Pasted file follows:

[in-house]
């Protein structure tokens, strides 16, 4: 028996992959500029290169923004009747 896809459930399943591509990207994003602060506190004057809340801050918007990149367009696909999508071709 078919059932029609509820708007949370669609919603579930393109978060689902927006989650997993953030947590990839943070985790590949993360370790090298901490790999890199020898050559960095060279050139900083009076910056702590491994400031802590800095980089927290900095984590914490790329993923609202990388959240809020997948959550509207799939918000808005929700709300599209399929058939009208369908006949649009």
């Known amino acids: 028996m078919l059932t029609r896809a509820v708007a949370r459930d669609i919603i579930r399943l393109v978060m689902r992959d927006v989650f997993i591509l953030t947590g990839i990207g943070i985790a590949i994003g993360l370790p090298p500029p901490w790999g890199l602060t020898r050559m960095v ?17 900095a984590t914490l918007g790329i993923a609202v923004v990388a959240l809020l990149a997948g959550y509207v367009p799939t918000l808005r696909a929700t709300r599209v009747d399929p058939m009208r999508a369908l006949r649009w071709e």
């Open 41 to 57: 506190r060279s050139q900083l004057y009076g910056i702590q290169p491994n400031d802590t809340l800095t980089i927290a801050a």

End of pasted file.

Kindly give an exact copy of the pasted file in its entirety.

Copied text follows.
[in-house]
């Protein structure tokens, strides 16, 4: 028996992959500029290169923004009747 896809459930399943591509990207994003602060506190004057809340801050918007990149367009696909999508071709 078919059932029609509820708007949370669609919603579930393109978060689902927006989650997993953030947590990839943070985790590949993360370790090298901490790999890199020898050559960095060279050139900083009076910056702590491994400031802590800095980089927290900095984590914490790329993923609202990388959240809020997948959550509207799939918000808005929700709300599209399929058939009208369908006949649009």
């Known amino acids: 028996m078919l059932t029609r896809a509820v708007a949370r459930d669609i919603i579930r399943l393109v978060m689902r992959d927006v989650f997993i591509l953030t947590g990839i990207g943070i985790a590949i994003g993360l370790p090298p500029p901490w790999g890199l602060t020898r050559m960095v ?17 900095a984590t914490l918007g790329i993923a609202v923004v990388a959240l809020l990149a997948g959550y509207v367009p799939t918000l808005r696909a929700t709300r599209v009747d399929p058939m009208r999508a369908l006949r649009w071709e």
């Open 41 to 57: 506190r060279s050139q900083l004057y009076g910056i702590q290169p491994n400031d802590t809340l800095t980089i927290a801050a």